Valentina Castiglioni (Reykjavik University)

Anna Ingolfsdottir (Reykjavik University)

Bas Luttik (Eindhoven University of Technology)

ABSTRACT. In this paper we investigate the equational theory of (the restriction, relabelling, and recursion free fragment of) CCS modulo rooted branching bisimilarity, which is a classic, bisimulation-based notion of equivalence that abstracts from internal computational steps in process behaviour. Firstly, we show that CCS is not finitely based modulo the considered congruence. As a key step of independent interest in the proof of that negative result, we prove that each CCS process has a unique parallel decomposition into indecomposable processes modulo branching bisimilarity. As a second main contribution, we show that, when the set of actions is finite, rooted branching bisimilarity has a finite equational basis over CCS enriched with the left merge and communication merge operators from ACP.

Paul Gastin (LMF, CNRS/ENS/Université Paris-Saclay)

Saptarshi Sarkar (IIT Bombay)

Pascal Weil (CNRS and Univ. Bordeaux)

ABSTRACT. One of the main motivations for this work is to obtain a distributed Krohn-Rhodes theorem for Mazurkiewicz traces. Concretely, we focus on the recently introduced operation of local cascade product of asynchronous automata and ask if every regular trace language can be accepted by a local cascade product of `simple' asynchronous automata.

Our approach crucially relies on the development of a local and past-oriented propositional dynamic logic (LocPastPDL) over traces which is shown to be expressively complete with respect to all regular trace languages. An event-formula of LocPastPDL allows to reason about the causal past of an event and a path-formula of LocPastPDL, localized at a process, allows to march along the sequence of past-events in which that process participates, checking for local regular patterns interspersed with local tests of other event-formulas. We also use additional constant formulas to compare the leading process events from the causal past. The new logic LocPastPDL is of independent interest. The proof of its expressive completeness is rather subtle.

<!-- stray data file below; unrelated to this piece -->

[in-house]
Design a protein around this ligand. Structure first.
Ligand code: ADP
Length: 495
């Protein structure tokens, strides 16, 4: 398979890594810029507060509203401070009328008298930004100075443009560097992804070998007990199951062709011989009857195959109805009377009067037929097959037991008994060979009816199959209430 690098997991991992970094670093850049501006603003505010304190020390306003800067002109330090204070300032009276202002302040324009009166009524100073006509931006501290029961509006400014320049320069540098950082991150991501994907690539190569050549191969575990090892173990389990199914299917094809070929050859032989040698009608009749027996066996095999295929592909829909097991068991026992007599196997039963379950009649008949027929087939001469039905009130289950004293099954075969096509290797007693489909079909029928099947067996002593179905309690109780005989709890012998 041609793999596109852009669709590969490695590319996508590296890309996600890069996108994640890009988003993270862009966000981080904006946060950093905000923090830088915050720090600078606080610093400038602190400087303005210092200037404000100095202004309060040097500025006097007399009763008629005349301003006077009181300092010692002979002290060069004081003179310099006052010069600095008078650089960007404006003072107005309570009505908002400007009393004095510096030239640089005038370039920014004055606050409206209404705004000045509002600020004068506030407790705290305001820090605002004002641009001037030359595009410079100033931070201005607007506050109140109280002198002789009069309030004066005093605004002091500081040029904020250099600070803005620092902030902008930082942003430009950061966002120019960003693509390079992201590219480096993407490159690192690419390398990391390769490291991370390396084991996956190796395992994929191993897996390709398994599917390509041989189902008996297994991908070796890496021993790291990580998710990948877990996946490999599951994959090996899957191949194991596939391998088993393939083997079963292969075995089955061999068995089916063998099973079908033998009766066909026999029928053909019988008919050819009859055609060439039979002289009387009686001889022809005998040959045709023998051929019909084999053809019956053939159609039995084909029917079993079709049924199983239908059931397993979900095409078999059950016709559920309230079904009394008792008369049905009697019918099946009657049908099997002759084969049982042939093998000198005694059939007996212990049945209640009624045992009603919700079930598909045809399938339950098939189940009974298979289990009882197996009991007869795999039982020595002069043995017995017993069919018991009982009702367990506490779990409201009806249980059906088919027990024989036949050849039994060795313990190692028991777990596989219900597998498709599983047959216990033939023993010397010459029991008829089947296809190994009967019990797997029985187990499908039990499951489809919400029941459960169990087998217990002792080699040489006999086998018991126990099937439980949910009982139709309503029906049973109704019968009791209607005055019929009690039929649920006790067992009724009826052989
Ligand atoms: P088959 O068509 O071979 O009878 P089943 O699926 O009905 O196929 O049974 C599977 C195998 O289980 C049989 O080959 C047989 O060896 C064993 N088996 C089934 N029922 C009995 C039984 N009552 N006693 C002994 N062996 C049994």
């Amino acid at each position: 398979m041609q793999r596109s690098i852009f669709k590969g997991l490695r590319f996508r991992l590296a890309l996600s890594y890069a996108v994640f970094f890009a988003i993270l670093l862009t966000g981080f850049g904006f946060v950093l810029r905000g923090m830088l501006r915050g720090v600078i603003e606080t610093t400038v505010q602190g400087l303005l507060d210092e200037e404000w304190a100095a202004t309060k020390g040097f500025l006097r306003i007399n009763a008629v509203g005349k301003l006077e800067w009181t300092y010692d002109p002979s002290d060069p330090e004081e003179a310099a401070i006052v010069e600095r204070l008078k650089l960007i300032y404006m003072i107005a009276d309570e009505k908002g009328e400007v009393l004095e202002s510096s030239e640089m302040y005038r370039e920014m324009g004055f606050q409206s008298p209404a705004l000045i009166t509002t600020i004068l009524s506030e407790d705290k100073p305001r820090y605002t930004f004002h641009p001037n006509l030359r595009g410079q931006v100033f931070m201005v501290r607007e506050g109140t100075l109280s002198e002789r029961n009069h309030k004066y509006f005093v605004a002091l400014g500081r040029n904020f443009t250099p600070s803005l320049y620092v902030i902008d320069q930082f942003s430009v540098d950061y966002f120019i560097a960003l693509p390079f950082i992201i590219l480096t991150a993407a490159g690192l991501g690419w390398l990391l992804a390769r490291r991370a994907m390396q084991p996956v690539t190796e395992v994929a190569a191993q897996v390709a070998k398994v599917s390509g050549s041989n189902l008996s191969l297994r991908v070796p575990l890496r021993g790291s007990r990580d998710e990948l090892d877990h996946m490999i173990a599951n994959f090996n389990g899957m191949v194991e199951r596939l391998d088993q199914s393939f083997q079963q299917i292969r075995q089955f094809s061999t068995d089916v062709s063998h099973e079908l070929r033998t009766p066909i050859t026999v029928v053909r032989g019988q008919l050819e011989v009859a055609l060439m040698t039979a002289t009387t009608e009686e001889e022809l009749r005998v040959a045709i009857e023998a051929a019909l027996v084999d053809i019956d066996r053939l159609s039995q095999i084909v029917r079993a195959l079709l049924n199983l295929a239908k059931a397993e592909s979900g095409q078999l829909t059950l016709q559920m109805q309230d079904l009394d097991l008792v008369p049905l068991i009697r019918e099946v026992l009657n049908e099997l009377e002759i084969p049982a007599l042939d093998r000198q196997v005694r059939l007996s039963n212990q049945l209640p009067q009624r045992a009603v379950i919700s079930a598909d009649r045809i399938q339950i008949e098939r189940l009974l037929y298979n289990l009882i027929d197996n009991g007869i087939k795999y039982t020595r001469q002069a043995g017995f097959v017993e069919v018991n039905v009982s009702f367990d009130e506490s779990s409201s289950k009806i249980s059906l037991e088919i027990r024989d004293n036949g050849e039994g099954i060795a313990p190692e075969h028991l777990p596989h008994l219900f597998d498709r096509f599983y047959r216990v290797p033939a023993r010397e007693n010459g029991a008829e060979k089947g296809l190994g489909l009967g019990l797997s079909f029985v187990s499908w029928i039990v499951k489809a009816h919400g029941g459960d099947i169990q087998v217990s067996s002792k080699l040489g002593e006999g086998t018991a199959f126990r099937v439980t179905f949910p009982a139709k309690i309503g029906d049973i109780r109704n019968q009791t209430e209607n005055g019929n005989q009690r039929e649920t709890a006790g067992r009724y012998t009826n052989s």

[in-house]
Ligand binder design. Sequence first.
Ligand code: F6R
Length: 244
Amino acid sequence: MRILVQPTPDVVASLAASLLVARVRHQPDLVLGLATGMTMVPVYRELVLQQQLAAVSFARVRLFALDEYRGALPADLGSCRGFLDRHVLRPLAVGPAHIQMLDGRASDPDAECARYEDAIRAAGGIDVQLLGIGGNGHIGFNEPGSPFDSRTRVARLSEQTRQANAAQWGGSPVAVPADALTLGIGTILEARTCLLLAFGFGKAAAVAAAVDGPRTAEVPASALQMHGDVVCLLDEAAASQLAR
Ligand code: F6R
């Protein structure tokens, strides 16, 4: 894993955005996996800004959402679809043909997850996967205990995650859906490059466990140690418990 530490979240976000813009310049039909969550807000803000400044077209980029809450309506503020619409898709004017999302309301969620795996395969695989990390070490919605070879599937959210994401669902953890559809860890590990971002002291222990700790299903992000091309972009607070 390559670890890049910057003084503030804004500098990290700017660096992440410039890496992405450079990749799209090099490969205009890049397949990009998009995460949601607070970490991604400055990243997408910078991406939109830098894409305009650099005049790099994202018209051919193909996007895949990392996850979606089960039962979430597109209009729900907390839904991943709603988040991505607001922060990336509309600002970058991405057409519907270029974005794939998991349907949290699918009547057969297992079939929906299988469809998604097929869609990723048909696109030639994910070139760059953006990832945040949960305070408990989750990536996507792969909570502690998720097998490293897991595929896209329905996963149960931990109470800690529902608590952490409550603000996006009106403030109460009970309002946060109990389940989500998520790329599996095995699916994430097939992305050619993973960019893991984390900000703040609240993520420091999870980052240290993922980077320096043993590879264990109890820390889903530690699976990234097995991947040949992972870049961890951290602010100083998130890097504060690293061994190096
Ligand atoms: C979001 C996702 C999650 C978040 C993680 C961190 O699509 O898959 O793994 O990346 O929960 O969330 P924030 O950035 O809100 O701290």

Finally, we provide a translation of LocPastPDL formulas into local cascade products. More precisely, we show that every LocPastPDL formula can be computed by a restricted local cascade product of the gossip automaton and localized 2-state asynchronous reset automata and localized asynchronous permutation automata.

Paul Gastin (LMF, CNRS/ENS/Université Paris-Saclay)

R Govind (Indian Institute of Technology Bombay)

B Srivathsan (Chennai Mathematical Institute)

ABSTRACT. Event-clock automata are a well-known subclass of timed automata which enjoy admirable theoretical properties, e.g., determinizability, and are practically useful to capture timed specifications. However, unlike for timed automata, there exist no implementations for event-clock automata. A main reason for this is the difficulty in adapting zone-based algorithms, critical in the timed automata setting, to the event-clock automata setting. This difficulty was recently studied in [Geeraerts et al 2011,2014], where the authors also proposed a solution using extrapolations.

In this paper, we propose an alternative zone-based algorithm, using simulations for finiteness, to solve the reachability problem for event-clock automata. Our algorithm exploits the G-simulation framework, which is the coarsest known simulation relation for reachability, and has been recently used for advances in other extensions of timed automata.

Shai Guendelman (Technion, Israel Institute of Technology)

ABSTRACT. Concurrent multi-player games with $\omega$-regular objectives are a standard model for systems that consist of several interacting components, each with its own objective. The standard solution concept for such games is Nash Equilibrium, which is a ``stable'' strategy profile for the players.

In many settings, the system is not fully observable by the interacting components, e.g., due to internal variables. Then, the interaction is modelled by a partial information game. Unfortunately, the problem of whether a partial information game has an NE is not known to be decidable. A particular setting of partial information arises naturally when processes are assigned IDs by the system, but these IDs are not known to the processes. Then, the processes have full information about the state of the system, but are uncertain of the effect of their actions on the transitions.

We generalize the setting above and introduce Multi-Topology Games (MTGs) -- concurrent games with several possible topologies, where the players do not know which topology is actually used. We show that extending the concept of NE to these games can take several forms. To this end, we propose two notions of NE: Conservative NE, in which a player deviates if she can strictly add topologies to her winning set, and Greedy NE, where she deviates if she can win in a previously-losing topology. We study the properties of these NE, and show that the problem of whether a game admits them is decidable.